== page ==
Why ultra-wideband (UWB) and omlox?
UWB technology (aka ultra-wideband or ultraband) has been around for many years, but until just a few years ago, it was still a niche technology and only adopted by a small number of pioneering companies. Recent market growth numbers show a steep increase in UWB’s success. 2022 saw continued adoption of the technology that is well on its way to becoming the worldwide standard. The following years will be the time where UWB will prove to be the key wireless technology for accurate indoor positioning and location-based services. It is obvious that UWB is here to stay and that RTLS (real-time location system) will become its game-changing industry sponsor.
The time when a UWB signal is sent can be determined precisely. This makes the technology predestined for use in industrial environments.
The origins of UWB go back to the 1880s when the Spark Gap Transmitter was invented and later improved to send the first radio transimission across the Atlantic Ocean. Next, the impulse-based wideband radio technology RADAR was developed to determine the range, angle, and velocity of objects mainly for military applications as location finding and communication technology. It is the ultra-wideband’s unique ability to deliver location data that continued to spark the interest in UWB systems. Apple became the first to embrace UWB in consumer electronics to provide positioning data in its iPhone 11. While a handful of smartphone manufacturers have embedded UWB today, including Samsung and Xiaomi, the new UWB disciples can be found in Industry 4.0 solutions.
The main UWB feature is its highly accurate location tracking, up to 10cm precise, even in challenging indoor environments which makes it ideally suited to enable real-time measurement of location, distance, and direction, while also supporting twoway communication. There are two main UWB application fields:
- 1. peer-to-peer infrastructure-less solutions like the Apple AirTags and UWB car keys for hands-free access control, which connect UWB devices without the need for infrastructure, and
- 2. infrastructured solutions for robust location tracking in well-defined areas. This article will focus on location-based service applications that require infrastructure and the 7 trends that define their success
UWB can provide location data up to 10cm precise and makes it the best candidate for indoor tracking solutions that require high precision. Additionally, with low latency and high data rate traffic characteristics, UWB creates a compelling alternative to e.g. Bluetooth.
Ultra Low Power
Since UWB requires ultra-short airtime and is eminently a low-power wireless communication technology, it is ideally suited for battery-operated mobile tracking. The low radiation power furthermore has the positive side effect, that other non-UWB radio devices are not disturbed, since UWB signals blend in in the existing noise floor.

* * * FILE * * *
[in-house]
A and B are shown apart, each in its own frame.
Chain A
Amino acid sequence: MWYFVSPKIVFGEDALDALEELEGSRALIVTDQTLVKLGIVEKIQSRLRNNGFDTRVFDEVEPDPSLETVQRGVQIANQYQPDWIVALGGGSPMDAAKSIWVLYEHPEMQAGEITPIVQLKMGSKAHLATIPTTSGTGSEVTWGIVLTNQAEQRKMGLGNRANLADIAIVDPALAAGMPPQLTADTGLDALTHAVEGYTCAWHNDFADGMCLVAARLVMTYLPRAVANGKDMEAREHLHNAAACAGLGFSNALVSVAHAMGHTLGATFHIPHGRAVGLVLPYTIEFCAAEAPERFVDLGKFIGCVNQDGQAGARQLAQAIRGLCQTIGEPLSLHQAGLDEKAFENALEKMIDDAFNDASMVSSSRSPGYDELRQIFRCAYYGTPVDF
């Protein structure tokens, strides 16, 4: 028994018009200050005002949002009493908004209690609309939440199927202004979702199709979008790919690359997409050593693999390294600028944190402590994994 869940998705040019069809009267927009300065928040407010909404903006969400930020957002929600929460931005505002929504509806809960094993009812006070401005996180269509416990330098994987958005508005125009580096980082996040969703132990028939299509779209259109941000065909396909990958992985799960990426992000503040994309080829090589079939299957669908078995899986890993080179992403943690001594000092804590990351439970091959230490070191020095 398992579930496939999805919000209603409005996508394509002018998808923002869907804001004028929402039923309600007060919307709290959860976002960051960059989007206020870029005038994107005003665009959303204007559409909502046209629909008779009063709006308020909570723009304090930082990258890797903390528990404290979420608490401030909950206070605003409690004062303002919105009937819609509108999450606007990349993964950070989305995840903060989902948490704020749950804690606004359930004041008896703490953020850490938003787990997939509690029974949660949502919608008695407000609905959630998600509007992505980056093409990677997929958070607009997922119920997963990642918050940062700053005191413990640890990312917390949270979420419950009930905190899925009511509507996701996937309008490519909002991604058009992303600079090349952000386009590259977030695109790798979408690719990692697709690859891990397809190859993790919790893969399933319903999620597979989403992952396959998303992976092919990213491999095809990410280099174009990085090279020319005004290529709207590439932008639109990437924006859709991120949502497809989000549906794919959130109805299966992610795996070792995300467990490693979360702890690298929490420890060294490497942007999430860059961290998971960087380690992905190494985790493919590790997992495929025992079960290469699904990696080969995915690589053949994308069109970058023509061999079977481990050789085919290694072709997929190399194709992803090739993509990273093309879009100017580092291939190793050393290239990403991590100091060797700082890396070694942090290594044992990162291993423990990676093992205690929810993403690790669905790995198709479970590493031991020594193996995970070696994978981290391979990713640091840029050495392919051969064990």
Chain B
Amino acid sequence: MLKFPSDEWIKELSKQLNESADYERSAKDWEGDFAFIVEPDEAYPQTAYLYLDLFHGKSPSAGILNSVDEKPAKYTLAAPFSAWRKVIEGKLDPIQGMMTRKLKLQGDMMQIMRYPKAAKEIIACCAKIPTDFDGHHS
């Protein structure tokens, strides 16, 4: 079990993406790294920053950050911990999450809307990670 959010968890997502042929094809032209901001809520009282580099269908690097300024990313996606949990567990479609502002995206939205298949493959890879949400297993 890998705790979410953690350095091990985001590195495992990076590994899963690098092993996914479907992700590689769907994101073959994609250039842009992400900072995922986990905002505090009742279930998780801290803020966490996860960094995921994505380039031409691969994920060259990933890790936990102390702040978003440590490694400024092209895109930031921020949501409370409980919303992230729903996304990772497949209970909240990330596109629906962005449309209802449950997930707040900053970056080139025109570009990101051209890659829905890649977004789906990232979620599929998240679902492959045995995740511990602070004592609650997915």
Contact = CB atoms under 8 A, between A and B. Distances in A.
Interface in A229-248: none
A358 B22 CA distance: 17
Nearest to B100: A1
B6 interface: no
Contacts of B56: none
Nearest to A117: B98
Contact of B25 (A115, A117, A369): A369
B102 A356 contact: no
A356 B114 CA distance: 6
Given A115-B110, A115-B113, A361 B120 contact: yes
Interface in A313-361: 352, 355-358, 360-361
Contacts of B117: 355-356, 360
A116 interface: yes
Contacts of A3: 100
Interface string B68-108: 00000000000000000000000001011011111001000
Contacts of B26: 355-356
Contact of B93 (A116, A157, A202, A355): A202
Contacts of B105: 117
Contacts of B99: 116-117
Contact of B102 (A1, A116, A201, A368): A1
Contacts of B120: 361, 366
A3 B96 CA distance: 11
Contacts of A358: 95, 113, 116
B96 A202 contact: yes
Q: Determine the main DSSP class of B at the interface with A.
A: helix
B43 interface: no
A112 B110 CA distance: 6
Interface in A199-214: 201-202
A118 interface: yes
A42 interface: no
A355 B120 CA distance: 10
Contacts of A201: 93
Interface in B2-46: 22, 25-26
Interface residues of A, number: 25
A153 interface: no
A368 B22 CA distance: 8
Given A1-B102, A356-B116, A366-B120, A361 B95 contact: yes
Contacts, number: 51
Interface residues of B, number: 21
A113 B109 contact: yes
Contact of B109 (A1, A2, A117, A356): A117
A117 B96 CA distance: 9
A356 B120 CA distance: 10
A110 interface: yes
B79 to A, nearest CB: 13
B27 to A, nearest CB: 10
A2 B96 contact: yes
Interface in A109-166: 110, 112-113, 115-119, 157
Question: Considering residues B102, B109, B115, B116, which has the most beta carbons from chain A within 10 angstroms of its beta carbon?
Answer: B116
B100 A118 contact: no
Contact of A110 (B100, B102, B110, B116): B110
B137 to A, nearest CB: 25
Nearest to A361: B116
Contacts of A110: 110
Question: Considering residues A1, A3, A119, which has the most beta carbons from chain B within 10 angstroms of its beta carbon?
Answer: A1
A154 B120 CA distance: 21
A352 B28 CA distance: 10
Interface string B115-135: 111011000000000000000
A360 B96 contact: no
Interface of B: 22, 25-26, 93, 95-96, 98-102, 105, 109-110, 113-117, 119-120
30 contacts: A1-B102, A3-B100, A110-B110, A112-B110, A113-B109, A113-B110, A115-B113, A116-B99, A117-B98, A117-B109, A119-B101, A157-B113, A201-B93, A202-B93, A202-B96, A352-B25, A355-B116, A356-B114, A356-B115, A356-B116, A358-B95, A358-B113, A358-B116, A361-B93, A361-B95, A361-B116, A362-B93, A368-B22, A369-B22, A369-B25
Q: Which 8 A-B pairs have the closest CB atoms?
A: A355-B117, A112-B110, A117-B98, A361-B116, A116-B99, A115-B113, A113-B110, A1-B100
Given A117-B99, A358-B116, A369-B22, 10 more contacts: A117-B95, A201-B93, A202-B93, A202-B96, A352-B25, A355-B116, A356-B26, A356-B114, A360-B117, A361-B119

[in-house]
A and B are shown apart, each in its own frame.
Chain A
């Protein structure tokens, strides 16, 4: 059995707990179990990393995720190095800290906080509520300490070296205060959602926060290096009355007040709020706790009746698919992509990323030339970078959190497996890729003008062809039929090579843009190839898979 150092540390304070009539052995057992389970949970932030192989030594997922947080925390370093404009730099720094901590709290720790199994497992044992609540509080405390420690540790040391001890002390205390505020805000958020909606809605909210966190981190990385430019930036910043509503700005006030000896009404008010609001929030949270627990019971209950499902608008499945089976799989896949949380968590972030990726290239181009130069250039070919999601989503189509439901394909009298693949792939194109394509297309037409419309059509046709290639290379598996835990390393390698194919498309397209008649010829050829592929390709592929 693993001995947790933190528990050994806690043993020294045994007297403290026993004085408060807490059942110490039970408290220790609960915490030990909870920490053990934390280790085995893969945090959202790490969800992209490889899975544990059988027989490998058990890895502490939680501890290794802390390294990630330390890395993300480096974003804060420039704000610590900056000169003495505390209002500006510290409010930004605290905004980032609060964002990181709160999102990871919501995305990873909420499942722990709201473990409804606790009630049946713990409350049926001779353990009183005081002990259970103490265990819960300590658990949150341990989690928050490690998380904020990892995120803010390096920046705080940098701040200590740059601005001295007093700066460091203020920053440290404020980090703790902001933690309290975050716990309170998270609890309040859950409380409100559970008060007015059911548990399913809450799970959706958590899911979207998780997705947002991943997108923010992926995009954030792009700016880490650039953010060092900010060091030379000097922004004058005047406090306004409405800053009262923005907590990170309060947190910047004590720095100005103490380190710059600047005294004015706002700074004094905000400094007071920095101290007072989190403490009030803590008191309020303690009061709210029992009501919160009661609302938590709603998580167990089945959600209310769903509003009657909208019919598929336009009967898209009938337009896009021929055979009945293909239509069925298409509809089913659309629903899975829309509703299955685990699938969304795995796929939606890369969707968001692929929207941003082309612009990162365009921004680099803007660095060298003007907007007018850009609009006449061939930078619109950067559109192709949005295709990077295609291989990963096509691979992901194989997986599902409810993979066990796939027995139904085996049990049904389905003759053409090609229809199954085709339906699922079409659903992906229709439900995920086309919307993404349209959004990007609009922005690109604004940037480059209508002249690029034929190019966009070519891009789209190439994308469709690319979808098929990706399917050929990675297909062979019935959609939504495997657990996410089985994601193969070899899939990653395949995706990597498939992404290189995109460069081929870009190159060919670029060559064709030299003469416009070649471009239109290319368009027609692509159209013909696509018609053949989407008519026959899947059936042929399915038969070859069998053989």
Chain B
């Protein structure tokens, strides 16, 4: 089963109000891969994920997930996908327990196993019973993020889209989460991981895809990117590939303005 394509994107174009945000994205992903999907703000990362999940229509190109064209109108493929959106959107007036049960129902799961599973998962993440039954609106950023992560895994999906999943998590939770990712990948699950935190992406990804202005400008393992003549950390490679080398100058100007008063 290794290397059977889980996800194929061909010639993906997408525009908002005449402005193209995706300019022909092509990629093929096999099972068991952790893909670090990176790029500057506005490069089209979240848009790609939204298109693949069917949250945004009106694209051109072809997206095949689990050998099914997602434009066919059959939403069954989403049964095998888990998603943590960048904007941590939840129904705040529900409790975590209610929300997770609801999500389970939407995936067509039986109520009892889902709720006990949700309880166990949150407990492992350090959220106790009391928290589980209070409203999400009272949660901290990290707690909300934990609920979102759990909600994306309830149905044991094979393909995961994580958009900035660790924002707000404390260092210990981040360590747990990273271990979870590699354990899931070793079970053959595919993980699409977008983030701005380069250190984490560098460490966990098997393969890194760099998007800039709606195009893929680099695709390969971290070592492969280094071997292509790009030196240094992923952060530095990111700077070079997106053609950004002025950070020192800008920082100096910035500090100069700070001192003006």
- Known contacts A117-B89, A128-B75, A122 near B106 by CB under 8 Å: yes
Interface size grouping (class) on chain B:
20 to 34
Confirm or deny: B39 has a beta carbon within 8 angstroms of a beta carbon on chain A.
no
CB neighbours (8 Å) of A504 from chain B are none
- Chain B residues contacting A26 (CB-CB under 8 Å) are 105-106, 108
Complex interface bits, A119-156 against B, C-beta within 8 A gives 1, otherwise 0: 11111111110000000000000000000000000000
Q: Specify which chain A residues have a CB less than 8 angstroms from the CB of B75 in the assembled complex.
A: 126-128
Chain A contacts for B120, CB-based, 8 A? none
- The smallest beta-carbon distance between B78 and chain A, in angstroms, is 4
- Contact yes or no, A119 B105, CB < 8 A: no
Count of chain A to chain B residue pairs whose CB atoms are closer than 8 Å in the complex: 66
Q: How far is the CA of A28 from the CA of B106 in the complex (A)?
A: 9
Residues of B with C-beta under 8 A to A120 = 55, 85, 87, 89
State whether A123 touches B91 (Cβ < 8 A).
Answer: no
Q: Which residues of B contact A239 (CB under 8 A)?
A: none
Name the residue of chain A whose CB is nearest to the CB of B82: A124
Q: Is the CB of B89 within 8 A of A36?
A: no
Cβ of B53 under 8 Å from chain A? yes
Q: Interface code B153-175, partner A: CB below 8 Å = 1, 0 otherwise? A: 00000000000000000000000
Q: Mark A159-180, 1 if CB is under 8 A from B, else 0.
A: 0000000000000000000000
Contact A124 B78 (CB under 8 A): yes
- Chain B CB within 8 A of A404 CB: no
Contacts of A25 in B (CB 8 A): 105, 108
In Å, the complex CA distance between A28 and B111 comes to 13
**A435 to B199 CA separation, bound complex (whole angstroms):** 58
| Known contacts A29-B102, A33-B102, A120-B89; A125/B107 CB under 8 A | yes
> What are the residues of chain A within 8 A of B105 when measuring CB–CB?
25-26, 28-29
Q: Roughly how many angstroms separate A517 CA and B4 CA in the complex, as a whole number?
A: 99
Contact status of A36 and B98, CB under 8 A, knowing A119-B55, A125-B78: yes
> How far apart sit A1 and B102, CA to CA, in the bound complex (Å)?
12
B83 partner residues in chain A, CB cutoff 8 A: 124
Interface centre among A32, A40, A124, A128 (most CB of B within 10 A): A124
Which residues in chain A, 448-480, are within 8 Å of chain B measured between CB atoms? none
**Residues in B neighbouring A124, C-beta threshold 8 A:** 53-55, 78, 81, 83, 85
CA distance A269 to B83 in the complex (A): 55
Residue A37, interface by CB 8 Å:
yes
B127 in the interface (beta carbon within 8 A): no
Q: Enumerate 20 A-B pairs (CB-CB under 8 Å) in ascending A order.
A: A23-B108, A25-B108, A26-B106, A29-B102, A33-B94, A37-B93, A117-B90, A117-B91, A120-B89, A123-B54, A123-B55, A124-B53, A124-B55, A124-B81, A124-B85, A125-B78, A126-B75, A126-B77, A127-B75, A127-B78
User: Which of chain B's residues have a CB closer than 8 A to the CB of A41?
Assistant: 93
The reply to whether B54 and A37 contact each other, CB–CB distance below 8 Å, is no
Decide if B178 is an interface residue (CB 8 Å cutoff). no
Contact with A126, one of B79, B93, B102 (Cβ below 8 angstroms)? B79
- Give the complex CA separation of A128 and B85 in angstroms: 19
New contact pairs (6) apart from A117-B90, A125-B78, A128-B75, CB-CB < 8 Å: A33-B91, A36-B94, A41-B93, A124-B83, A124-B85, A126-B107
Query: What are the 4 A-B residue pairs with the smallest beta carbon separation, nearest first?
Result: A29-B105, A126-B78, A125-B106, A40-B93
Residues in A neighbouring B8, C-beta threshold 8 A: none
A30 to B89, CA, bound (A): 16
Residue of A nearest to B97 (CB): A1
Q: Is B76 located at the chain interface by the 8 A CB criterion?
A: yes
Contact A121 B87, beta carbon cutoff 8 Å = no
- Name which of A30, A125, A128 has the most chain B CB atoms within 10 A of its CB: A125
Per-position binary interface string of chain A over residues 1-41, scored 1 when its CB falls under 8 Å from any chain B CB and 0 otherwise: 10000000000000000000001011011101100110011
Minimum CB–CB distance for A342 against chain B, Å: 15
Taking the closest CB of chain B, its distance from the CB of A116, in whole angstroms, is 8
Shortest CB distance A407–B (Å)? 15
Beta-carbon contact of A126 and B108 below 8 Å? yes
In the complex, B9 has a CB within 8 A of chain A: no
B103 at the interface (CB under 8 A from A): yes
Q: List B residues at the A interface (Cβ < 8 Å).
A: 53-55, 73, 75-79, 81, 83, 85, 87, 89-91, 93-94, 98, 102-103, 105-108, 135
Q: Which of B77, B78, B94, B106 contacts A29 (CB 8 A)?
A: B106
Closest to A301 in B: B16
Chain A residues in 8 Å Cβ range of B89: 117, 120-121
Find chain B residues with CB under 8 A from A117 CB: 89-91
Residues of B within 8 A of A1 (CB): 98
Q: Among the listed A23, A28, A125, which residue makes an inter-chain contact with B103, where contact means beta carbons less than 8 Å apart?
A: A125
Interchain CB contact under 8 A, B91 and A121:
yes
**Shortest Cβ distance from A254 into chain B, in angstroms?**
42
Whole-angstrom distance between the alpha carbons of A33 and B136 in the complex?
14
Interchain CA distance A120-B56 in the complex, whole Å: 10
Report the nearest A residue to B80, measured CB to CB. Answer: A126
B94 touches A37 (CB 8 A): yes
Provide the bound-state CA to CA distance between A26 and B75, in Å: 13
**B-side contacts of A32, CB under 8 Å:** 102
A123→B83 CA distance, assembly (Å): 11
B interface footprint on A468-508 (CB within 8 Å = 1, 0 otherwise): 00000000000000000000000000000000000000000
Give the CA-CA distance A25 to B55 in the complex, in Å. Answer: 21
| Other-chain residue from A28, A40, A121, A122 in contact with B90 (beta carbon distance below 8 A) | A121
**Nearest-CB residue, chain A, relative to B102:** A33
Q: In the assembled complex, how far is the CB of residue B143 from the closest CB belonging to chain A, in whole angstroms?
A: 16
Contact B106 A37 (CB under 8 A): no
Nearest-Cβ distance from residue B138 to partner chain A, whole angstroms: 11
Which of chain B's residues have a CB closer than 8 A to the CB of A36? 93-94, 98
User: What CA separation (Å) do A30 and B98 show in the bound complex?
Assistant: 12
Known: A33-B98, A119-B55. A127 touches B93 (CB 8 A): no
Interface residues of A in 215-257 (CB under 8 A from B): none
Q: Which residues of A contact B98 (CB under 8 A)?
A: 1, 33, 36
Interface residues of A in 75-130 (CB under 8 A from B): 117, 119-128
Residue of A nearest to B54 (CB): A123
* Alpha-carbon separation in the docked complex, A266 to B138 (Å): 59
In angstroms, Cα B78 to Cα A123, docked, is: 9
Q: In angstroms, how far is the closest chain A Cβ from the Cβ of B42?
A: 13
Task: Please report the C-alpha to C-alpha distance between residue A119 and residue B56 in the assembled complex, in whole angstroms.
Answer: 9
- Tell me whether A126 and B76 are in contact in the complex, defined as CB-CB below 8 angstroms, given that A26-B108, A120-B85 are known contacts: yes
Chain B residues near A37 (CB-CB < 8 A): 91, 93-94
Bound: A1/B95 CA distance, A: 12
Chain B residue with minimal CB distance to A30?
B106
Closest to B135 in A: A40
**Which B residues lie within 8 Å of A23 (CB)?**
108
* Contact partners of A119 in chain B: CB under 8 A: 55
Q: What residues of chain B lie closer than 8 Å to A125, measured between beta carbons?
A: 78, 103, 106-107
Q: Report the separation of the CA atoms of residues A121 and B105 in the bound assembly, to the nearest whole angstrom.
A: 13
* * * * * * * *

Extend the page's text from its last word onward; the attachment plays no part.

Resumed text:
UWB offers high performance in noisy environments and is immune to interference in hostile condutions. Whereas narrowband radio reflections add up to a single unprecise signal, the ultra-short UWB pulses can still be distinguished when reflected. This makes UWB very robust in industrial or professional environments with many reflective metallic surfaces.
Ultra Low Cost
UWB’s low-processing and efficient power consumption enable affordable solutions and infrastructure. As UWB becomes more popular, the overall solution price will further erode when volumes go up and the market economics enter into competition.
Standardization bodies are in place to guarantee interoperability, boosting acceptance and market adoption.
Ultra Future Proof
Recognized by the big brands and backed by standards, UWB comes with built-in trustworthiness.
UWB works like a GPS on steroids that embodies all required features to make it the technology of choice for RTLS solutions. UWB is the most precise location technology available and offers by far the best solution for industrial use cases. RTLS solutions based on UWB track anything in manufacturing and beyond - people, assets, equipment, and vehicles - to analyze workflows, optimize efficiency and increase security.
UWB finds its home in the IEEE 802.15.4 standard for wireless communication. It is the technical standard that defines the operation of low-rate wireless personal area networks. In August 2020, the IEEE 802.15.4z was released with a focus on enhanced ranging capabilities, high increase of security, and enhanced power consumption, indeed all characteristics needed to further enhance and optimize UWB solutions. The IEEE standard not only crafts stability and and builds the basis for interoperability by higher-level standards, it also propels the UWB feature set that translate into benefits from which the UWB devices and applications can prosper. Apart from the technical standard IEEE 802.15.4, several standardization bodies, each with its specific focus, business scope and goals, operate to bring standardization to UWB. Technologies only endure when they are backed by a robust, quality-driven infrastructure that enables rapid expansion, providing a favorable regulatory and spectrum management landscape to secure and maximize UWB growth. The most relevant UWB-based standards include:
- omlox for professional use cases
- Car Connectiviy Consortium (CCC) for automotive use cases
- FiRa Consortium for consumer use cases
Each standard sets its focus in a clearly defined application space and different feature sets in order not to compete.
The omlox core zone works in conjunction with open interfaces and ultra-wideband (UWB) technology. On the one side, the omlox air-interface connects products (e.g. AMRs) and infrastructure (e.g. satellites). On the other side, the omlox hub API connects the core zone with the hub. Interoperability allows companies to easily network all omlox-enabled UWB products, regardless of the manufacturer.